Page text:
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5 Little-known Feminist Posters Show Off Berlin’s Longstanding Activist Streak

Celebrating 50 years of German feminism

Berlin is, and always has been, a city of activism. As such, many of the posters you’ll find plastered across its streets are bright, typographic calls to action. They’re products of collaboration and a shared vision, drawing attention to an upcoming rally or political event.

This month, a new book released by journalist Annet Gröschner in collaboration with the Berlin Feminist Archive FFBIZ highlights one specific corner of the city’s long history of political prints. Entitled Berolinas zornige Töchter (“Berolina’s Angry Daughters”) the publication wrests 50 feminist posters from the last 50 years, bringing their stories to light again.

The Berolina of the title refers to the female personification of Berlin, best-known in the form of a 1895 statue that once stood in Alexanderplatz. It was removed from the square in 1942, likely melted down for war material, and has become a tragic symbol for the fate of the women’s movements during the country’s National Socialist years. Ever since, the name Berolina has been invoked for German feminist projects of all stripes.

The book’s posters are as diverse as the various feminist movements they represent. Informative comics, photo montages, sketchy illustrations, and multi-colored prints sit side-by-side, representing the different design tactics that activists have taken to get their message heard. Together, the collection provides insight into all the topics that feminists have dealt with—and still do. Here, we take a closer look at five of the posters from Gröschner’s book.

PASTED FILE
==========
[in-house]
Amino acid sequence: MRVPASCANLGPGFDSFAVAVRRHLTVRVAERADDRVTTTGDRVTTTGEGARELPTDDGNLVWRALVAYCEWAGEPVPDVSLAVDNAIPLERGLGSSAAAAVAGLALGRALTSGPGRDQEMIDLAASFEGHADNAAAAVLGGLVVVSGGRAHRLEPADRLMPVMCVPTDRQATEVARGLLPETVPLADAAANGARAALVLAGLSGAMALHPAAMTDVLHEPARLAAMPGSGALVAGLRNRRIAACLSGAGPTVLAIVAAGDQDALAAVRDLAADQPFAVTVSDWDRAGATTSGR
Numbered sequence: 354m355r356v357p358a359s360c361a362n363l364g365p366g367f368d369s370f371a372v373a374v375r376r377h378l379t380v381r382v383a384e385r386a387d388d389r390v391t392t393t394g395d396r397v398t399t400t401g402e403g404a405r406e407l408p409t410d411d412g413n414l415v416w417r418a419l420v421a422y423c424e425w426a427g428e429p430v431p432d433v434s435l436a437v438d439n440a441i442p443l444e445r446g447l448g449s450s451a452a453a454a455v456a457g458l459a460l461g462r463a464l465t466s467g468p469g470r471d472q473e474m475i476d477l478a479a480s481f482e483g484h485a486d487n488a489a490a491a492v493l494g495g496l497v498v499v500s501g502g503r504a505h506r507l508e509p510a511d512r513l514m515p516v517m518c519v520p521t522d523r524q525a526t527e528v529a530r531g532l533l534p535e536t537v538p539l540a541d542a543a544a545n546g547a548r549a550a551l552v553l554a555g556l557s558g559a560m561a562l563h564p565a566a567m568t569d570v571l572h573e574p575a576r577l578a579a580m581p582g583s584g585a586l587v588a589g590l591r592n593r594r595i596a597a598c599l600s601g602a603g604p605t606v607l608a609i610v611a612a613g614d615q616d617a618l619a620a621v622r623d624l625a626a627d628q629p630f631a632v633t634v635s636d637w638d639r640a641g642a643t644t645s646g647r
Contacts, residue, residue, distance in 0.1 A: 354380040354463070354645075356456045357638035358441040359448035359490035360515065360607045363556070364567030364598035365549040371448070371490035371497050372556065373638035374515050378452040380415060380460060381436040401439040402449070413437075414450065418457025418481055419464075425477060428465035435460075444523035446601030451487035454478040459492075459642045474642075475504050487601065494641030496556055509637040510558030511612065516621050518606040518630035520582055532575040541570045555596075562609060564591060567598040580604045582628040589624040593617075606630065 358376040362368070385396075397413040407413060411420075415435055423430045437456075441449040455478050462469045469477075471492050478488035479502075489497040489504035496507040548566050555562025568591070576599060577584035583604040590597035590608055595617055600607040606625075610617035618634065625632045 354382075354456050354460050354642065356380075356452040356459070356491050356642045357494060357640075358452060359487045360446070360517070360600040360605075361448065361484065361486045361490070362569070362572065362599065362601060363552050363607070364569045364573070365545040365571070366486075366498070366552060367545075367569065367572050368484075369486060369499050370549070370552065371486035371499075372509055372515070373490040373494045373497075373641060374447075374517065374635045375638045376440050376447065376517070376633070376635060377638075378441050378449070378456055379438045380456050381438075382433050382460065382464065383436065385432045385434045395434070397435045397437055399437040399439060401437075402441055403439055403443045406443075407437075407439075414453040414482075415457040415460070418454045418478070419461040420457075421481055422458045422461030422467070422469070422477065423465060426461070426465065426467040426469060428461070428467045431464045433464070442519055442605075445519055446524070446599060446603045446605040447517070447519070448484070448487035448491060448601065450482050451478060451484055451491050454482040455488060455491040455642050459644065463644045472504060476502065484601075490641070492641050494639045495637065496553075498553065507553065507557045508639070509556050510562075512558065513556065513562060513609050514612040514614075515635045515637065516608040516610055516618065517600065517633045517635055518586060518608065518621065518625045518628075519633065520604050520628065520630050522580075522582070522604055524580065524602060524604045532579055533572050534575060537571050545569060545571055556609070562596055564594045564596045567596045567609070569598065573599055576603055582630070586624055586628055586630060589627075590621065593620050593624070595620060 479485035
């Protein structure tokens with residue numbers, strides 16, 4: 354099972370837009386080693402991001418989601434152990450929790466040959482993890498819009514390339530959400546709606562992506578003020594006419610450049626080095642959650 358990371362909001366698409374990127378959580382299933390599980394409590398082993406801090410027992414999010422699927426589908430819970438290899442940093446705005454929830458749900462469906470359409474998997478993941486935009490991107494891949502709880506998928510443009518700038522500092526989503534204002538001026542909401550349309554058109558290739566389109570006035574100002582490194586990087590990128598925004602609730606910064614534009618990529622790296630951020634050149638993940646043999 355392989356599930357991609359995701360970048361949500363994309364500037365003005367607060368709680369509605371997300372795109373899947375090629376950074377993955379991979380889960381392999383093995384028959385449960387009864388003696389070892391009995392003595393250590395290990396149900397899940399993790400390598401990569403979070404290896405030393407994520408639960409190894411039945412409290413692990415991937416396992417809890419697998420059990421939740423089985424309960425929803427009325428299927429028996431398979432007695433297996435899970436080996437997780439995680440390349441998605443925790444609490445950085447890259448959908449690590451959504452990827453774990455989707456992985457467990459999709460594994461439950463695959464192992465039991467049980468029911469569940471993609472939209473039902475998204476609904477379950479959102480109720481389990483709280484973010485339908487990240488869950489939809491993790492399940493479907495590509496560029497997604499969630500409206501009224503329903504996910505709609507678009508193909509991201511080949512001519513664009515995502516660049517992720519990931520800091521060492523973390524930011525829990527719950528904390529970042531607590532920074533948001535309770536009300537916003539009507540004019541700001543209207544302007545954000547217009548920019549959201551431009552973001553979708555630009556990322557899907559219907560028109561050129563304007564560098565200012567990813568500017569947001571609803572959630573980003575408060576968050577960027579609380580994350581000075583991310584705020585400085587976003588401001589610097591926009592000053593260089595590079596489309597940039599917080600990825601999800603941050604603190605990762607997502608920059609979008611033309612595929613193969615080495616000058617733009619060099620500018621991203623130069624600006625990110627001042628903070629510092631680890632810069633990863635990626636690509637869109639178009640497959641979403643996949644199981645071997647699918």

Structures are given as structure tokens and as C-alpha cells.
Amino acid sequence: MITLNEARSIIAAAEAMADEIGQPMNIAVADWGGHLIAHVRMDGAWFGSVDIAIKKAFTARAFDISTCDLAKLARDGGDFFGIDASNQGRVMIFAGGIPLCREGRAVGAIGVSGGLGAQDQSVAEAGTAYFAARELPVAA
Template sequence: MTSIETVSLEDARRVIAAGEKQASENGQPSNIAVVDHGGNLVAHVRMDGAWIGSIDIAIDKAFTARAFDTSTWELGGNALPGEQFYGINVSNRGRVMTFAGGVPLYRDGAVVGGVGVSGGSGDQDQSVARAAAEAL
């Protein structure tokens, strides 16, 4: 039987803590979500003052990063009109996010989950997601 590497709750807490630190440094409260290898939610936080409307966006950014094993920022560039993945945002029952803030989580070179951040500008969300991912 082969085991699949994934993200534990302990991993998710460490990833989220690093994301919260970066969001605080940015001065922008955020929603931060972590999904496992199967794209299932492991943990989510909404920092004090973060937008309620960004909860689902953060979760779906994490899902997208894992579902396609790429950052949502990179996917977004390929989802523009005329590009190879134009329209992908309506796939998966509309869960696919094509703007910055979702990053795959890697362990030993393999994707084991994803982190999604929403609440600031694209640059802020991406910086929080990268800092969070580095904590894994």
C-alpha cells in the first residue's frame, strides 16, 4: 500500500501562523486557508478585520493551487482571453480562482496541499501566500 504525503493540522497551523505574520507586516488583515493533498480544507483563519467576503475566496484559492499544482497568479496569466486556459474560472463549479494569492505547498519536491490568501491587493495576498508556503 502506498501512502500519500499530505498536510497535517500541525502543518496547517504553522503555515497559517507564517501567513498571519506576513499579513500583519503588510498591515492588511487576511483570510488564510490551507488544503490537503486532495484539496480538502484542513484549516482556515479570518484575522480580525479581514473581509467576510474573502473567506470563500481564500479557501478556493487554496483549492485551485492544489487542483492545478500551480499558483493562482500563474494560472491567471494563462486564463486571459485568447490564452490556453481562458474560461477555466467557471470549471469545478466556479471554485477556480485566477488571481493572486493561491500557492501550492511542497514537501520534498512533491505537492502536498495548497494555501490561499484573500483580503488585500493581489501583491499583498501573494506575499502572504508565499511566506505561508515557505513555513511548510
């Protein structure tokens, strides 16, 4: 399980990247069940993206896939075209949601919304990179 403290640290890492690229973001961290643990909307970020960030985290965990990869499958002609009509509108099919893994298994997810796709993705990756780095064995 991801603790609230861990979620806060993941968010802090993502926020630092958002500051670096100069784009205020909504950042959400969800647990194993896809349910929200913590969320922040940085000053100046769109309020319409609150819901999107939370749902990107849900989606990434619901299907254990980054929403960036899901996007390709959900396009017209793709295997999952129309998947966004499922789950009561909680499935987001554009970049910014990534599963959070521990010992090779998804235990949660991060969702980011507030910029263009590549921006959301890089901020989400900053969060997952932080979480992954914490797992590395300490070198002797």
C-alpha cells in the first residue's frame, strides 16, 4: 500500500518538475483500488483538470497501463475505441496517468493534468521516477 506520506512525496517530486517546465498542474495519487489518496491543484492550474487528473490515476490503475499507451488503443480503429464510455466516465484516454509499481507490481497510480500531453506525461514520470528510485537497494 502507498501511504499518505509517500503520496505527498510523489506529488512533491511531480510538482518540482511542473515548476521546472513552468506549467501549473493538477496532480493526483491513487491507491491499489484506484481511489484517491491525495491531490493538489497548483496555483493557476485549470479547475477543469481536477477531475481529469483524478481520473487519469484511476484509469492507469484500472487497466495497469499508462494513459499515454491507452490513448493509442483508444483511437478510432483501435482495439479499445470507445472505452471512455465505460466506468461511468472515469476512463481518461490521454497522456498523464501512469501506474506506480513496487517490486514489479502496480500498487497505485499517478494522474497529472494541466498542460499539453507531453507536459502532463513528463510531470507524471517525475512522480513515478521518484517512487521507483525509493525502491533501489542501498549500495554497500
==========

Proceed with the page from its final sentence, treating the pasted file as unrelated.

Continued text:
Capitalism Beats Men and Women… but Women More!


Half-a-century after getting the right to vote in 1919, German women still found that they faced inequality every day. The first poster in Berolinas Angry Daughter is a leaflet issued by the Aktionsrat zur Befreiung der Frauen (Action Council for the Liberation of Women), which articulates many of the frustrations that women living in Berlin felt during the late-’60s. Printed on both sides of a single sheet, it features a short comic strip that aimed to ignite protests on May 1st, 1969.

The comic’s protagonist is an unnamed everywoman who spends her days laboring over the washing, cooking, cleaning, and taking care of her children as her husband smokes on an armchair. As she becomes more aware of the oppressive structures around her and finds solidarity with other women, the comic’s panels become larger, reflecting the sense of liberation that occurs when allies meet.



In the 1970s, women could be sentenced to up to five years for having an abortion. Even still, several hundreds of thousands of women had illegal abortions every year, often at great risk. This poster emerged out of the second wave of feminism in West Berlin, which worked towards the legalization of abortion.

“The Federal Constitutional Court has ruled against women,” proclaims the first line of its text. Behind it are a series of photographs of the male judges who decided in the early 1970s that §218 of the West German penal code, which prohibits abortion, should remain unchanged. One of the women depicted on the poster scrawls “Abort” across the judges faces in angry, capital letters. Her ally holds up a sign that reads “We won’t obey this verdict. §218 has to go” and announces two upcoming protests.